Nicor Gas has retired two pipelines (built in 1958 and 1970) that cut through the Busse Forest Nature Preserve at Busse Woods. They have reconstructed these pipelines along the I-90 corridor. While this project resulted in the loss of trees along the northern edge of Busse Woods, over time, the old pipeline route through the Nature Preserve will restore itself, benefiting wildlife by creating a continuous stretch of healthy woodland.
Learn more about the impacts to Busse Woods below. Please contact Nicor Gas at 630-388-3333 for questions about construction-related issues.
Frequently Asked Questions
Where is the pipeline located?
The old pipeline route travels southeast from Golf Rd along the I-90 corridor, cutting into Busse Forest Nature Preserve near Picnic Grove #3, then resuming along the I-90 corridor to Arlington Heights Rd.
The new pipeline route travels southeast along the I-90 corridor from Golf Rd to Arlington Heights Rd.
How does this benefit the Forest Preserves?
By retiring the pipelines that cut through a section of high-quality oak woods in the Busse Forest Nature Preserve, the old pipeline route will restore itself, benefiting wildlife by creating a continuous stretch of healthy woodland. This project followed a plan created in cooperation with the Forest Preserves of Cook County, the Illinois Nature Preserves Commission and other environmental agencies.
Nicor Gas paid the Forest Preserves a total of $4.3 million in tree mitigation, license and other fees, to retire the old pipelines and construct the new pipelines along the I-90 corridor. The majority of this money will be used for ecological restoration work at Busse Woods and other sites across the Forest Preserves, and some is earmarked for picnic shelter repairs and wayfinding signage improvements.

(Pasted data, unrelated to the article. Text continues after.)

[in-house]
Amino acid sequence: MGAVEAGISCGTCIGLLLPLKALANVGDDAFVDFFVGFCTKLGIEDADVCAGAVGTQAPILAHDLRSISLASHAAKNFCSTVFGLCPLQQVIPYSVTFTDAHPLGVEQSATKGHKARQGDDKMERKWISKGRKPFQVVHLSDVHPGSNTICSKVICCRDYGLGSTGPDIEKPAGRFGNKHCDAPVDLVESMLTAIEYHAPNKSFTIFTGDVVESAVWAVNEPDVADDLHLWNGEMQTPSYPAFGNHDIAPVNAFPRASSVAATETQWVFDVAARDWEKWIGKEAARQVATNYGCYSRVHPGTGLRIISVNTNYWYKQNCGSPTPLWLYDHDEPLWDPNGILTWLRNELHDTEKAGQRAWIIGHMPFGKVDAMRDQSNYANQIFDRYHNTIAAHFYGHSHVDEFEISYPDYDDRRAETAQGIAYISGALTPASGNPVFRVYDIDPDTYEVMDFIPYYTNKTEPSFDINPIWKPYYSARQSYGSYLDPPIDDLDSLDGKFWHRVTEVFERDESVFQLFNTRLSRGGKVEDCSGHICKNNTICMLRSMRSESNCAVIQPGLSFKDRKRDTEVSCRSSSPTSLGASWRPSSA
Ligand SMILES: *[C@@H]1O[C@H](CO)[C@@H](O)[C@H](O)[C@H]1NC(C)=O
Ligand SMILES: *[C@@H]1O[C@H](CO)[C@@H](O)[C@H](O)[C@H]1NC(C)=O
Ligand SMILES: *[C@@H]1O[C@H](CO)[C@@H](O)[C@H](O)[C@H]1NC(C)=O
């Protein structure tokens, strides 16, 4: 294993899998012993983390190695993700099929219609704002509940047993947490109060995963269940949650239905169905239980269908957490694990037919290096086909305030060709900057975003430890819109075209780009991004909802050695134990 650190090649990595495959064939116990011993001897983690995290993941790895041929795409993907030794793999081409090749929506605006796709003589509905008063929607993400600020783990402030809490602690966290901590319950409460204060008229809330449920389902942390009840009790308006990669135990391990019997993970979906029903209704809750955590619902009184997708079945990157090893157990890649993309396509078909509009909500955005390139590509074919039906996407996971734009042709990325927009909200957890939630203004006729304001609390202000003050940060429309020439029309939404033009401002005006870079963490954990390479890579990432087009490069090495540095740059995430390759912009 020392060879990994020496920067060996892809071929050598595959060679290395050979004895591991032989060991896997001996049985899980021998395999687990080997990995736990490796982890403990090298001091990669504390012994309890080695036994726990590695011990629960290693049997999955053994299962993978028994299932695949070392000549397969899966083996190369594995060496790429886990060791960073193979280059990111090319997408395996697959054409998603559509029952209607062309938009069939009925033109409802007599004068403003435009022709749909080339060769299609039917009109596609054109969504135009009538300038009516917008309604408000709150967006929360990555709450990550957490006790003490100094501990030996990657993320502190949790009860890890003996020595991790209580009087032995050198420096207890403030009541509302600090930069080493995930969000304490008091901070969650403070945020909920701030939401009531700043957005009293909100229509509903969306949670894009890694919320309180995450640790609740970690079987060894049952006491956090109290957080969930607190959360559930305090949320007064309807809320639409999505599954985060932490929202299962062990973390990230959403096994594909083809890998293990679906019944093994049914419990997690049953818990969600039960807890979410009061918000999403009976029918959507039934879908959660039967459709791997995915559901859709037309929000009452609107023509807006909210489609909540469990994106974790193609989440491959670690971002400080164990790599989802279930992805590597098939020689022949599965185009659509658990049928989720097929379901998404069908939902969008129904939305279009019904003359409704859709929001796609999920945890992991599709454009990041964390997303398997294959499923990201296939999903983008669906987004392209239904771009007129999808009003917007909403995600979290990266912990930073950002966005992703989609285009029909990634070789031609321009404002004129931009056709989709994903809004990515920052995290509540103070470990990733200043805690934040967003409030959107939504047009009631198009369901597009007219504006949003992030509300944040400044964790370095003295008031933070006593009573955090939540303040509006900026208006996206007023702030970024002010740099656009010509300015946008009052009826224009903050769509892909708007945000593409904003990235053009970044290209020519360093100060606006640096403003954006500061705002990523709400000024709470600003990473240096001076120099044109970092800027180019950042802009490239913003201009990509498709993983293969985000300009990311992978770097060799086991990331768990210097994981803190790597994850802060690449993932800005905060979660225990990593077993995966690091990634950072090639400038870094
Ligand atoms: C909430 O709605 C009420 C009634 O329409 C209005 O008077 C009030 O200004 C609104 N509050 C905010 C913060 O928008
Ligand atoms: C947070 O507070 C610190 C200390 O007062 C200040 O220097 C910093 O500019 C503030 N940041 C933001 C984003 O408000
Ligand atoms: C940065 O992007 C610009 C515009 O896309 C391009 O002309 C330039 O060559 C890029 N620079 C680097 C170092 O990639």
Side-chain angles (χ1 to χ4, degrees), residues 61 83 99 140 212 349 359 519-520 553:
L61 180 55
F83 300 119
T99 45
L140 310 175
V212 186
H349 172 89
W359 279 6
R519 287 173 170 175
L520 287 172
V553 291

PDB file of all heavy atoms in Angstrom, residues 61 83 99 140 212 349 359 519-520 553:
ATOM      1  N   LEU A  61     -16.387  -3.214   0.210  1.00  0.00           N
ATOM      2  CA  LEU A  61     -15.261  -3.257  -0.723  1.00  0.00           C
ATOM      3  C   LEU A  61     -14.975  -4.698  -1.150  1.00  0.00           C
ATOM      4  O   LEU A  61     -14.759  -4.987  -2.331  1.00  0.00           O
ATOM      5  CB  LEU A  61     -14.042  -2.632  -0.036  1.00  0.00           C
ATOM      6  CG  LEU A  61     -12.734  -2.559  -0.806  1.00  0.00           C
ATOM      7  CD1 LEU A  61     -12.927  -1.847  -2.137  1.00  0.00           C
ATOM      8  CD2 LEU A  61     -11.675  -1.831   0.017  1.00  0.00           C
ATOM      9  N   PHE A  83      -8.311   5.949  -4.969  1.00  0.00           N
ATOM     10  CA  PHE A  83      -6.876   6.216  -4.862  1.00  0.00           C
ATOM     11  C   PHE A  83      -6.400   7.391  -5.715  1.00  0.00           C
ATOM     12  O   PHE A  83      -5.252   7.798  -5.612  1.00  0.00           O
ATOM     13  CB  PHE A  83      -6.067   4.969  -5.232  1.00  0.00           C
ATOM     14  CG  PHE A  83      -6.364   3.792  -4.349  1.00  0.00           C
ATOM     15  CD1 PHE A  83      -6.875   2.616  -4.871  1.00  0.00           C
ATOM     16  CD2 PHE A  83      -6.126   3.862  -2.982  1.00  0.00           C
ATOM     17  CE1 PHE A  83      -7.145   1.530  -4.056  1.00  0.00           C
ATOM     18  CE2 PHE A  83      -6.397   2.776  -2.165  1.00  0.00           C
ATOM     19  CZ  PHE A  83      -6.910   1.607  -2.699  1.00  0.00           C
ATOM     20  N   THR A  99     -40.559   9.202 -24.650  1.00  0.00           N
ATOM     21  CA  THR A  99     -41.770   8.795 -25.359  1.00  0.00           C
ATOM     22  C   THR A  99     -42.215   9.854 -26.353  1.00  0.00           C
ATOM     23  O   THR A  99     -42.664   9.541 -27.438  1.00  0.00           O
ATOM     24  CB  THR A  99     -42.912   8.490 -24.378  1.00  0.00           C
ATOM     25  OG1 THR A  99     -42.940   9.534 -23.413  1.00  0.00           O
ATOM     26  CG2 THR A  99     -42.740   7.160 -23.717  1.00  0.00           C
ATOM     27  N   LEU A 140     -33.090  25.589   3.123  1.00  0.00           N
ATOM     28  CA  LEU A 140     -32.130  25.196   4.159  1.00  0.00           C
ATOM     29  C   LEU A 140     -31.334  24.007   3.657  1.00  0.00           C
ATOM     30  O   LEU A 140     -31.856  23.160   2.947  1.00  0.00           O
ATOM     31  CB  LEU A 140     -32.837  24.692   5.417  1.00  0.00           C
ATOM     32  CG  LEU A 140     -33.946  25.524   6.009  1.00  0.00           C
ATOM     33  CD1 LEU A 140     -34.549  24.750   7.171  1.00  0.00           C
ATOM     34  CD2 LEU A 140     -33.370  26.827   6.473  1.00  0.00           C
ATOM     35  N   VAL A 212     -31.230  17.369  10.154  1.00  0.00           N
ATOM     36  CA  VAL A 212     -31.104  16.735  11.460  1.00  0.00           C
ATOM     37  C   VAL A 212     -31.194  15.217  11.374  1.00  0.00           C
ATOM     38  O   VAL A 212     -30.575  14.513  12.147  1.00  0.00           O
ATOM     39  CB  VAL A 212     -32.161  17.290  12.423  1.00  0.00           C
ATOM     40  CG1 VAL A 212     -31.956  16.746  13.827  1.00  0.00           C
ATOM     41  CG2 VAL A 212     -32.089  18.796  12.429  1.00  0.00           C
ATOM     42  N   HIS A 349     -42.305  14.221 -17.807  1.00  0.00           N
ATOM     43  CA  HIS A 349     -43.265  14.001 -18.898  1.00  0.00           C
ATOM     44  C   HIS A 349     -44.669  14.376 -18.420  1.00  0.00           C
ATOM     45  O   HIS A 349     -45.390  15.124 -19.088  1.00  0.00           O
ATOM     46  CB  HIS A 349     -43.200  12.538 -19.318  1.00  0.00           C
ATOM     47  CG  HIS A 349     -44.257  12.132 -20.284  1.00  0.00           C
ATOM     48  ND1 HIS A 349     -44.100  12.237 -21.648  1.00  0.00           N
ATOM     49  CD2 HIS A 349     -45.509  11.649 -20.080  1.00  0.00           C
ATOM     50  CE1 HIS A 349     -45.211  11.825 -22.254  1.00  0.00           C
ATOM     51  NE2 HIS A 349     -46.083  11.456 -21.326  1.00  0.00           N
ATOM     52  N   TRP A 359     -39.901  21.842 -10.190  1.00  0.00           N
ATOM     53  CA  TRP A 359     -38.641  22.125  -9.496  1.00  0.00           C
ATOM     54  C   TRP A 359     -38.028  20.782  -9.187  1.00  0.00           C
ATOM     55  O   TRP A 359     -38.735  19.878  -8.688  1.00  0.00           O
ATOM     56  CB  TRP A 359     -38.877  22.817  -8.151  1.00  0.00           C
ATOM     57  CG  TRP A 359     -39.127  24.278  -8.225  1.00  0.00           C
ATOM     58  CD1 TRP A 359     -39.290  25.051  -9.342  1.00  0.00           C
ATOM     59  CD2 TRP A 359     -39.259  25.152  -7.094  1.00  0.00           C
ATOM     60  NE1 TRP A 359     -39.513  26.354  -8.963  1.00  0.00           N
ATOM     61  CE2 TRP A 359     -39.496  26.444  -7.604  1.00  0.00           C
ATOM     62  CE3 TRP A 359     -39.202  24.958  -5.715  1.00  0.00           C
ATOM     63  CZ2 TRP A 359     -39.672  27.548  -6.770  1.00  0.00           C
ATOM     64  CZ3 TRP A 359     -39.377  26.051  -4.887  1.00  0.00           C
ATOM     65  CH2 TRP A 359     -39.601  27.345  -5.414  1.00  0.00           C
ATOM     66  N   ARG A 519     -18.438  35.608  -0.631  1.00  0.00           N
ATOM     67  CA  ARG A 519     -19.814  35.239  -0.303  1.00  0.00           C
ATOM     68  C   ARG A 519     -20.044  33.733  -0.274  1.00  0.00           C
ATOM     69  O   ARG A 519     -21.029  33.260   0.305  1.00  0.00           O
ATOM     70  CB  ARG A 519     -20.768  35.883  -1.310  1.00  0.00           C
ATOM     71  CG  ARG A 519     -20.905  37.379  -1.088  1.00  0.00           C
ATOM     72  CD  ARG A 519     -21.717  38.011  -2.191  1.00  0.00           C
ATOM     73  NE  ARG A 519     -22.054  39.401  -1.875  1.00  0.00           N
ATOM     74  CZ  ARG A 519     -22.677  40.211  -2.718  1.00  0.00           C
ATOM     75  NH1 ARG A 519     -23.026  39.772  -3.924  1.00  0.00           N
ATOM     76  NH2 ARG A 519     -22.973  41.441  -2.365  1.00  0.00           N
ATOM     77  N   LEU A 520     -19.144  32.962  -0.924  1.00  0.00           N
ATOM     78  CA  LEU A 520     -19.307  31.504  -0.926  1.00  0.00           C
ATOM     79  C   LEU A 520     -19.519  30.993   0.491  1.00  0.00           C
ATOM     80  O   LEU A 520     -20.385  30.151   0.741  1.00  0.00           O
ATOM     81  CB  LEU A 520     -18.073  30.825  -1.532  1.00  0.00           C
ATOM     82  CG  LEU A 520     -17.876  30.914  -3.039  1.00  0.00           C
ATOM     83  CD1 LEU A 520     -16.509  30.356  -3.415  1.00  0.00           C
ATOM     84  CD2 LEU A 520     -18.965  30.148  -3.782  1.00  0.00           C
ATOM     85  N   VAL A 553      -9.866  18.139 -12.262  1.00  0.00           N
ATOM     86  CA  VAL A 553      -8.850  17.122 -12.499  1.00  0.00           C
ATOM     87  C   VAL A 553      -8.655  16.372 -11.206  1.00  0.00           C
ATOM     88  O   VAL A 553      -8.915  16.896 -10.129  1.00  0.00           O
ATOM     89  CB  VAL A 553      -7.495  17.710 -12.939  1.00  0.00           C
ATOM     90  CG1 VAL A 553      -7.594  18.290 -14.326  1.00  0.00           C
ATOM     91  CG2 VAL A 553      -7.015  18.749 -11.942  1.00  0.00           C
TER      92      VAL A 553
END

Why couldn’t Nicor Gas replace the pipelines along the old route?
New pipeline standards widen the access corridor easement on a site from the current 25 feet to 66 feet. This expansion through Busse Forest Nature Preserve would have caused more ecological damage than the new route along the I-90 corridor.
What will happen to the old pipelines and pipeline route?
Nicor Gas used an industry-approved, environmentally safe process called “pipeline abandonment grouting” to fill in the pipeline, allowing minimal disruption to this area. This process avoids the environmental impacts and costs of excavating and removing the old pipeline.
Over time, the old pipeline route through the Nature Preserve will restore itself, benefitting wildlife by creating a continuous stretch of healthy woodland.
What does the new pipeline route look like?
To establish the new pipeline route along I-90, Nicor removed hundreds of existing trees. The route will be maintained as a natural-looking “high mowed” corridor to allow Nicor Gas to access the pipeline area and to prevent woody vegetation from establishing.
How will the project impact wildlife?
The Forest Preserves has worked with Nicor Gas and the Illinois Nature Preserves Commission to minimize wildlife impacts during construction. Nicor Gas has committed to best management practices such as the use of timber mats in access routes and staging areas, and segregation of topsoil to be returned to existing stratification after excavation.
The company had an environmental specialist on-site during construction to help mitigate and address any issues that came up, and staff from the Forest Preserves department of resource management helped to oversee the project. It was not possible to address all issues, and there were some short-term negative impacts to the project area along the I-90 corridor. Long term, the Forest Preserves anticipates a healthier, continuous ecosystem in the Busse Forest Nature Preserve with the relocation of these pipelines, benefiting the wildlife that utilize this woodland.